The UK will cut the wholesale price of energy for businesses and public organisations by more than half this winter, the government said on Wednesday, as it announced new subsidies to try and ward off a wave of corporate collapses.
The business department said wholesale prices for businesses were now “expected to be £211 per MWh for electricity and £75 per MWh for gas, less than half the wholesale prices anticipated this winter — which is a discounted price per unit of gas and electricity”.
Chancellor Kwasi Kwarteng said the government had “stepped in to stop businesses collapsing, protect jobs, and limit inflation”.
The government added that the level of “price reduction for each business will vary depending on their contract type and circumstances”. It said the scheme would initially run for six months from October to the end of March, but Liz Truss, the new prime minister, has indicated the subsidies could be extended for the most vulnerable businesses.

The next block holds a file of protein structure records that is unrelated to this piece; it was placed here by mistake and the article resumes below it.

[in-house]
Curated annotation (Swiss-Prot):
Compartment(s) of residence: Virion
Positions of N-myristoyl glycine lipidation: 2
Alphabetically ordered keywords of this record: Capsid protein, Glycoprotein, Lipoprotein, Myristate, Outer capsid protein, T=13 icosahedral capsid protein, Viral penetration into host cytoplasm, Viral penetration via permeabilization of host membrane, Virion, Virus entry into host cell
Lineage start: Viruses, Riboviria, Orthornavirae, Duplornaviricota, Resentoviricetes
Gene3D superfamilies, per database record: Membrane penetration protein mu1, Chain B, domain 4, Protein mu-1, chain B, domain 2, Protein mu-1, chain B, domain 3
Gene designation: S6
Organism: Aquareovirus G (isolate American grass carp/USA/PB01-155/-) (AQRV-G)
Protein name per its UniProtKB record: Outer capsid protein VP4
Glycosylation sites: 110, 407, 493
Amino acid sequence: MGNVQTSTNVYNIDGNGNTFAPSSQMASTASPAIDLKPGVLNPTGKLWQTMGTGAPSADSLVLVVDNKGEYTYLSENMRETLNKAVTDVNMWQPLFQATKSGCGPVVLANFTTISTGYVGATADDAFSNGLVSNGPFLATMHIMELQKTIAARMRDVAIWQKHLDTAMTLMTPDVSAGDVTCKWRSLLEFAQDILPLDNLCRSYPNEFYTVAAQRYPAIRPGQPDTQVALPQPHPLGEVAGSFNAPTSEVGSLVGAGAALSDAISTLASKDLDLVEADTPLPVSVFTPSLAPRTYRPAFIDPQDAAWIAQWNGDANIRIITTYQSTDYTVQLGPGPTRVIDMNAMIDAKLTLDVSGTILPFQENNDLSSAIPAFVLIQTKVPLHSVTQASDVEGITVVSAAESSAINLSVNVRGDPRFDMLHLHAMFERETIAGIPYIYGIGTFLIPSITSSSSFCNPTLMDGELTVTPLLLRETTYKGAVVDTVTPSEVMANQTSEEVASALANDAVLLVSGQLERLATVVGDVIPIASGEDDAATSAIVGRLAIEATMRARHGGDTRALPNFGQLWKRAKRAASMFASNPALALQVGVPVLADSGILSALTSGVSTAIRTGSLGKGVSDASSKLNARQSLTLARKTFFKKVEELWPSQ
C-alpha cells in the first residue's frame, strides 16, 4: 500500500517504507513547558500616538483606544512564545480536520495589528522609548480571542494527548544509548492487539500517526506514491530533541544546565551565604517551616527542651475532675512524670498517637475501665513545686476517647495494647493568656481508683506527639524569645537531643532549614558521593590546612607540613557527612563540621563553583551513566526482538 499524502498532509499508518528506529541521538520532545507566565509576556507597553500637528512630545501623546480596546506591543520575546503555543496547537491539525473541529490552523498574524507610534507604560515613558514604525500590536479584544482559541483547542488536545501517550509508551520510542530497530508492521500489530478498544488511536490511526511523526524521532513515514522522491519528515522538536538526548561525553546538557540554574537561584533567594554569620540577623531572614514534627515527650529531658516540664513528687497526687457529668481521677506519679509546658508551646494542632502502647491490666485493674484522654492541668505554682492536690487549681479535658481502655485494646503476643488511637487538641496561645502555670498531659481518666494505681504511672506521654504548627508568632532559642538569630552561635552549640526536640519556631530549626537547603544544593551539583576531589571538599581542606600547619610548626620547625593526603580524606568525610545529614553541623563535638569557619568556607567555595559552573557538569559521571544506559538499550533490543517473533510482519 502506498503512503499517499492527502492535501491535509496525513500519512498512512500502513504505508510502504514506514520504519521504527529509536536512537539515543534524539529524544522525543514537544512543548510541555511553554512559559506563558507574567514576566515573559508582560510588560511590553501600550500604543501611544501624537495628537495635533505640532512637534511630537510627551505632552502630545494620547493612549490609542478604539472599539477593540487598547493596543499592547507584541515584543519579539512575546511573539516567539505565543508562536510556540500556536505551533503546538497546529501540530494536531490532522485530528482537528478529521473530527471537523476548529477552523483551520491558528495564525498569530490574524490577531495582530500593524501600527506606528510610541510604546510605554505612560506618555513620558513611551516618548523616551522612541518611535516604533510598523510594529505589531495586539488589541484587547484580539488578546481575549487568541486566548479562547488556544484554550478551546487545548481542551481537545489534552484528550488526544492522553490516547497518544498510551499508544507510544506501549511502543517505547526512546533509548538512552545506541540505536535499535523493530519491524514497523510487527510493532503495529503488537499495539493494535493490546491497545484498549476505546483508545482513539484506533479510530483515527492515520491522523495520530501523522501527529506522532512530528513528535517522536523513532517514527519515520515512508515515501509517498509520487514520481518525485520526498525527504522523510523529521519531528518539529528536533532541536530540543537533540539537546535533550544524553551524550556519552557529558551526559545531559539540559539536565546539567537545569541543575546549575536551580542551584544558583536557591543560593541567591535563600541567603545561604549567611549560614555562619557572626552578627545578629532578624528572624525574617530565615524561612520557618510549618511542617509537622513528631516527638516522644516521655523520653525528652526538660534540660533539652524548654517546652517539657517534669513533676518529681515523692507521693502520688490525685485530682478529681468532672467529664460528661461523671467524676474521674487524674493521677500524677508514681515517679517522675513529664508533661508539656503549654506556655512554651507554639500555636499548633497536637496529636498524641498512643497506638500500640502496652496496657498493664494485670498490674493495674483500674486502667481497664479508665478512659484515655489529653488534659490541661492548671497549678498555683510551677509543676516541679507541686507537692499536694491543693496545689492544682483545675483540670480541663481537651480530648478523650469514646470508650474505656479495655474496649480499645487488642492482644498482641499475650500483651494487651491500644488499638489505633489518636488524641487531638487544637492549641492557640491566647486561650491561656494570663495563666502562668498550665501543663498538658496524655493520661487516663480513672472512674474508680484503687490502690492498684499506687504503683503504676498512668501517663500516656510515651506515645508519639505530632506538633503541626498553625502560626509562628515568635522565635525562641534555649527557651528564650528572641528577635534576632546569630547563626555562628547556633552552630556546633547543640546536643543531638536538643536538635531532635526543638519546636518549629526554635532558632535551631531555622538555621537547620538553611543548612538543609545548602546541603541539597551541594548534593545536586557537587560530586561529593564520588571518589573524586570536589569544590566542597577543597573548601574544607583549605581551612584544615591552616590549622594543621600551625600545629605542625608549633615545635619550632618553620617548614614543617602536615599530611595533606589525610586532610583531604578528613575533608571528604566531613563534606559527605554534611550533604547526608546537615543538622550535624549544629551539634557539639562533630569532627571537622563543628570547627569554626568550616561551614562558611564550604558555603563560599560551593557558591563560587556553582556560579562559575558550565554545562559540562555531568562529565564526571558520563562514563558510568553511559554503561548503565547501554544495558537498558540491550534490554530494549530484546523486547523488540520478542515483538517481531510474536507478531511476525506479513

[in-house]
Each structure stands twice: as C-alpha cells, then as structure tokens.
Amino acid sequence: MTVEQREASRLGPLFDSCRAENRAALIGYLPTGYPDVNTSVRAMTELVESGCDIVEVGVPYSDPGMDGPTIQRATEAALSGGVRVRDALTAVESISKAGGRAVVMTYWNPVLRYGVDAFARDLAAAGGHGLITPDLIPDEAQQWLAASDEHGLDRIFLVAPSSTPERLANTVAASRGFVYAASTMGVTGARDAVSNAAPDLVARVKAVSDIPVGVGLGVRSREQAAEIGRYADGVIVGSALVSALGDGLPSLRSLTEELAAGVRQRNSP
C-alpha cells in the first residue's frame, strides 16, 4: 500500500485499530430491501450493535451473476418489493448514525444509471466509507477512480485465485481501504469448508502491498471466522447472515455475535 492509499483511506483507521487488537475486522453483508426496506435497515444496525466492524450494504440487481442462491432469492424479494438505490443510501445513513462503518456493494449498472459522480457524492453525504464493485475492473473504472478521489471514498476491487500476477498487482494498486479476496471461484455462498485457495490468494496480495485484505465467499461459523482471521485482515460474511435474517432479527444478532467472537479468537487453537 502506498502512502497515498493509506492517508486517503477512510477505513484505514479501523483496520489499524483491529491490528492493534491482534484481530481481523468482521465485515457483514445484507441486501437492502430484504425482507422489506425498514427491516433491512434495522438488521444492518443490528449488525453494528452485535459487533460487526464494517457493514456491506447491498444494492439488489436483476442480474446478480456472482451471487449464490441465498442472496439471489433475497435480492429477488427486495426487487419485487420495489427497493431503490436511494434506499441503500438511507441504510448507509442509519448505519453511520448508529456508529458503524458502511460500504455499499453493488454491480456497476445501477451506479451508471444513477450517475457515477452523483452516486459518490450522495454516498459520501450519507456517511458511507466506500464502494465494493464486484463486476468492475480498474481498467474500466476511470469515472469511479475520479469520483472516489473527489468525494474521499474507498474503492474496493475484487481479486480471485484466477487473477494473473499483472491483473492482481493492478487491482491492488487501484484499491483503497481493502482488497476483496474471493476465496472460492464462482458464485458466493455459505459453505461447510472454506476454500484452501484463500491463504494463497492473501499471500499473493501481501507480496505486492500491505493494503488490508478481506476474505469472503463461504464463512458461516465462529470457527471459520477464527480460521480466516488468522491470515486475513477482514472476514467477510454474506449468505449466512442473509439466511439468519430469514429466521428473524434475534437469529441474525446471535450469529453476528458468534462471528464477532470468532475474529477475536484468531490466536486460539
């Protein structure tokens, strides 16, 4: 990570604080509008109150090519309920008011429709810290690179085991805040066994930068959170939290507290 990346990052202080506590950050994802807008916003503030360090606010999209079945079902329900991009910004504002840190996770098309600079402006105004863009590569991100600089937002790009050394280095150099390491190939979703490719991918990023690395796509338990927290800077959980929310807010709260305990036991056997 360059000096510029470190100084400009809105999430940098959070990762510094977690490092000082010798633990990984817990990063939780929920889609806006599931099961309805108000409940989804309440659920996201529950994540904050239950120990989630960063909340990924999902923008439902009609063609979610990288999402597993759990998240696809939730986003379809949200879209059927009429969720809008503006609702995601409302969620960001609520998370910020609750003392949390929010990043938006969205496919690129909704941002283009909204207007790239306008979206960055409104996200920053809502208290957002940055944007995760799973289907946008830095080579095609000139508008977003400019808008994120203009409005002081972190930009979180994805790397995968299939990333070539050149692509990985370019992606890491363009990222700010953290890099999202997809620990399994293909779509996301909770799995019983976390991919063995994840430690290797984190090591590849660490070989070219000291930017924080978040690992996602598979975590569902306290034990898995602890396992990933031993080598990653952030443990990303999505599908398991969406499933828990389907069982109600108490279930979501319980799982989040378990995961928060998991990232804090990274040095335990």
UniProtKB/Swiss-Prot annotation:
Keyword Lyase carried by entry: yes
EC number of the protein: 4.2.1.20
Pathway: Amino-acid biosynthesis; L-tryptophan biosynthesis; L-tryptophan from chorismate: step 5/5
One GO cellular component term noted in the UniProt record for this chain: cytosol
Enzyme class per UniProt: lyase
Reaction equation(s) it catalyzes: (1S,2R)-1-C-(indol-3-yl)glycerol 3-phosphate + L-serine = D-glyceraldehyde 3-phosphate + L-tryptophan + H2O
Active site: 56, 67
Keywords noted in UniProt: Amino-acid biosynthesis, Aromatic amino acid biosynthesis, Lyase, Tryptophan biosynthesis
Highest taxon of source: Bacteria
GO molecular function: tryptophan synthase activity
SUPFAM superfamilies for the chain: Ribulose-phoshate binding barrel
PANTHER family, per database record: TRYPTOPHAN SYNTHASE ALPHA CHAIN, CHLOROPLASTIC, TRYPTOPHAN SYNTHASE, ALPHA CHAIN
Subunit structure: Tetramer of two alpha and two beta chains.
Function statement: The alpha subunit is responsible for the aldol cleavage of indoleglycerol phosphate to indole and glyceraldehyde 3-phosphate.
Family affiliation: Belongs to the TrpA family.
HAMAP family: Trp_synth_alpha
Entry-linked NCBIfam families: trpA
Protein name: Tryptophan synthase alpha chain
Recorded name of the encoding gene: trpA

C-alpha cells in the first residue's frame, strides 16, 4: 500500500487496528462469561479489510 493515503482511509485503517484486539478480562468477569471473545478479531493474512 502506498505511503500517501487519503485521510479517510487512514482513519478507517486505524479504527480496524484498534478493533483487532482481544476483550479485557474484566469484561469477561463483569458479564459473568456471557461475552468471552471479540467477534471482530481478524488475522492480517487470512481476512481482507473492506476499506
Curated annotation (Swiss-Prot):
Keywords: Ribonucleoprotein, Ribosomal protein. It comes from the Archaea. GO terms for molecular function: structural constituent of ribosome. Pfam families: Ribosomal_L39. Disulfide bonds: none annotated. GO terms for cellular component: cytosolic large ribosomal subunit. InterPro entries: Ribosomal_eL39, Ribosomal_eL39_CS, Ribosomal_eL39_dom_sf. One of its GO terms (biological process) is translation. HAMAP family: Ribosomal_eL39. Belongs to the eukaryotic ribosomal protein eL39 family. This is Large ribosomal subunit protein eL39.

Truss introduced a domestic price cap of around £2,500 per annum for typical household use earlier this month. But she delayed the details of the business-focused scheme because of the greater complexity of corporate contracts and administration for the support package. The total cost of the domestic and business support scheme is estimated at around £150bn.
The government said businesses and public bodies on existing fixed-price contracts will be eligible for the new scheme for any contract agreed on or after 1 April 2022.
Those on default or variable tariffs will receive a per-unit discount on energy costs up to a maximum of “around £405/MWh for electricity and £115/MWh for gas, subject to wholesale market developments”.